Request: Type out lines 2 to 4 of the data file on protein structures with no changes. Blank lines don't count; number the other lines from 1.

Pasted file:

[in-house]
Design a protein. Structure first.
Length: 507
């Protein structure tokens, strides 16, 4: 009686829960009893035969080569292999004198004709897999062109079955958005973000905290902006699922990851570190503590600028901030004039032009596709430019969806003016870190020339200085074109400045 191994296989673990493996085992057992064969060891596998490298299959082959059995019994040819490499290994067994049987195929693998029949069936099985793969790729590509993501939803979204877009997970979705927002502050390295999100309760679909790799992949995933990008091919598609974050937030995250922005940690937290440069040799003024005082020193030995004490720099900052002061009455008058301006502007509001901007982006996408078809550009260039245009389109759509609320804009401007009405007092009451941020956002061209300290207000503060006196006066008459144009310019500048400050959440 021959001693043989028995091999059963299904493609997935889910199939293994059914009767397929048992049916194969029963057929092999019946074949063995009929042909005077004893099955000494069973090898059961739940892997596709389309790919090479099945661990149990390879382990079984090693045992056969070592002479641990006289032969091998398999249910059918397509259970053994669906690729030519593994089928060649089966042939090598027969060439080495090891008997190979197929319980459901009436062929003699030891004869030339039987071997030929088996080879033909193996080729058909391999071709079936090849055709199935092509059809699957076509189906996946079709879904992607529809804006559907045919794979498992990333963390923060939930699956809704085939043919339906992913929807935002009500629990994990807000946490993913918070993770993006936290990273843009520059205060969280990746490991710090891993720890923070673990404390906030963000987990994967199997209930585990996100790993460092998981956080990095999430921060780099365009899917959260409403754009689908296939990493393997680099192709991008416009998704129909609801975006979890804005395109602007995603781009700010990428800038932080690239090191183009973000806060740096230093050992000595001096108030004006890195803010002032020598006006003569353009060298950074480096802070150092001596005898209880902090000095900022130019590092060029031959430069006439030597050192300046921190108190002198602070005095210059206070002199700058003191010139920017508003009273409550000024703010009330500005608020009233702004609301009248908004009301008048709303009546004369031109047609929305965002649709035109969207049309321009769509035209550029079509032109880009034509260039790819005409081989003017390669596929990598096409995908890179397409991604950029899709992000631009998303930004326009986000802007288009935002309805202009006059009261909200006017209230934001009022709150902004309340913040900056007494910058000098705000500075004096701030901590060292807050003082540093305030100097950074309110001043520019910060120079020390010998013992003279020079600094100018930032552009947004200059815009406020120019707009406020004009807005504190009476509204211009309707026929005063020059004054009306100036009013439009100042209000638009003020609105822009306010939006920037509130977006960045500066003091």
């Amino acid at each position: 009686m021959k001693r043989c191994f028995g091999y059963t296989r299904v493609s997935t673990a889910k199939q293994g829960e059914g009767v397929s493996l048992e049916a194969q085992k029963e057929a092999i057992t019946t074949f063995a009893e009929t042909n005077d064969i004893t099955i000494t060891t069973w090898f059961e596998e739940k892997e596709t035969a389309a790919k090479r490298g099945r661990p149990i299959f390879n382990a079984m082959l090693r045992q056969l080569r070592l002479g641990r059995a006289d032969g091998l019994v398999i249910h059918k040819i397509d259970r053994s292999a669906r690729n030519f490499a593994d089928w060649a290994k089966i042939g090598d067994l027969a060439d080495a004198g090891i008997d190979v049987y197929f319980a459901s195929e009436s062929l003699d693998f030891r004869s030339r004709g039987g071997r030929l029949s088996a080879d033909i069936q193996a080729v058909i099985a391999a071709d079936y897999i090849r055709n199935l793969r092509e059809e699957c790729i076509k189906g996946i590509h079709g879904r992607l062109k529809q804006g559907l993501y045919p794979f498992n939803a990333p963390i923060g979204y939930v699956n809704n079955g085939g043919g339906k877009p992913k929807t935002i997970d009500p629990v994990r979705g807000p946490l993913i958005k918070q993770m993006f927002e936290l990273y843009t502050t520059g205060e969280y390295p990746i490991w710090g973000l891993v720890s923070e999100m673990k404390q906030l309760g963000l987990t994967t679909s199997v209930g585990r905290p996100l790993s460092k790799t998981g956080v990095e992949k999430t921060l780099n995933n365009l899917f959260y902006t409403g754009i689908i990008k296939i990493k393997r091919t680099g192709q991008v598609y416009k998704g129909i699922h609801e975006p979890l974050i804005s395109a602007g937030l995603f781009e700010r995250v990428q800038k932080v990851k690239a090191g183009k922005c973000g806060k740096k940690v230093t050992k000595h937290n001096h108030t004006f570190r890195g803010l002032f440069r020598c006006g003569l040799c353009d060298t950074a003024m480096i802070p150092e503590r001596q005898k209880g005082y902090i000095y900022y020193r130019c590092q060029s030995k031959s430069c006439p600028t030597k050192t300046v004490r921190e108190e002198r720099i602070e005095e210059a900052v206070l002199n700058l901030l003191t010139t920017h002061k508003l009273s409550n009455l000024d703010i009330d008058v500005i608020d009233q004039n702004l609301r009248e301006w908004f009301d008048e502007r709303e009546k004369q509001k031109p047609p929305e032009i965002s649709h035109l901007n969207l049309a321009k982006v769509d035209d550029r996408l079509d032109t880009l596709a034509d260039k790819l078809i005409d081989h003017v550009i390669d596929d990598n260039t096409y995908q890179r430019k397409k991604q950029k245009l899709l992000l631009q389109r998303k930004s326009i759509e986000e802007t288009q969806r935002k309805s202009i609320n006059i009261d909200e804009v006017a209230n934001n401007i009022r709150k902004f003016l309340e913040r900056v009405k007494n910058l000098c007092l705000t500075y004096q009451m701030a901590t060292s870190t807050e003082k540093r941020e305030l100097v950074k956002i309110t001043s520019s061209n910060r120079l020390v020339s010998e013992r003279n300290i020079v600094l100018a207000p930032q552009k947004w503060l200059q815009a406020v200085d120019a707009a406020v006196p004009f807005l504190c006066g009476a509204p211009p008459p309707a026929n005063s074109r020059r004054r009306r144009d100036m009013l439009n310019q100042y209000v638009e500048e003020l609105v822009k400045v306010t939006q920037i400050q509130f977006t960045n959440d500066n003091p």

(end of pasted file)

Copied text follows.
Design a protein. Structure first.
Length: 507
């Protein structure tokens, strides 16, 4: 009686829960009893035969080569292999004198004709897999062109079955958005973000905290902006699922990851570190503590600028901030004039032009596709430019969806003016870190020339200085074109400045 191994296989673990493996085992057992064969060891596998490298299959082959059995019994040819490499290994067994049987195929693998029949069936099985793969790729590509993501939803979204877009997970979705927002502050390295999100309760679909790799992949995933990008091919598609974050937030995250922005940690937290440069040799003024005082020193030995004490720099900052002061009455008058301006502007509001901007982006996408078809550009260039245009389109759509609320804009401007009405007092009451941020956002061209300290207000503060006196006066008459144009310019500048400050959440 021959001693043989028995091999059963299904493609997935889910199939293994059914009767397929048992049916194969029963057929092999019946074949063995009929042909005077004893099955000494069973090898059961739940892997596709389309790919090479099945661990149990390879382990079984090693045992056969070592002479641990006289032969091998398999249910059918397509259970053994669906690729030519593994089928060649089966042939090598027969060439080495090891008997190979197929319980459901009436062929003699030891004869030339039987071997030929088996080879033909193996080729058909391999071709079936090849055709199935092509059809699957076509189906996946079709879904992607529809804006559907045919794979498992990333963390923060939930699956809704085939043919339906992913929807935002009500629990994990807000946490993913918070993770993006936290990273843009520059205060969280990746490991710090891993720890923070673990404390906030963000987990994967199997209930585990996100790993460092998981956080990095999430921060780099365009899917959260409403754009689908296939990493393997680099192709991008416009998704129909609801975006979890804005395109602007995603781009700010990428800038932080690239090191183009973000806060740096230093050992000595001096108030004006890195803010002032020598006006003569353009060298950074480096802070150092001596005898209880902090000095900022130019590092060029031959430069006439030597050192300046921190108190002198602070005095210059206070002199700058003191010139920017508003009273409550000024703010009330500005608020009233702004609301009248908004009301008048709303009546004369031109047609929305965002649709035109969207049309321009769509035209550029079509032109880009034509260039790819005409081989003017390669596929990598096409995908890179397409991604950029899709992000631009998303930004326009986000802007288009935002309805202009006059009261909200006017209230934001009022709150902004309340913040900056007494910058000098705000500075004096701030901590060292807050003082540093305030100097950074309110001043520019910060120079020390010998013992003279020079600094100018930032552009947004200059815009406020120019707009406020004009807005504190009476509204211009309707026929005063020059004054009306100036009013439009100042209000638009003020609105822009306010939006920037509130977006960045500066003091």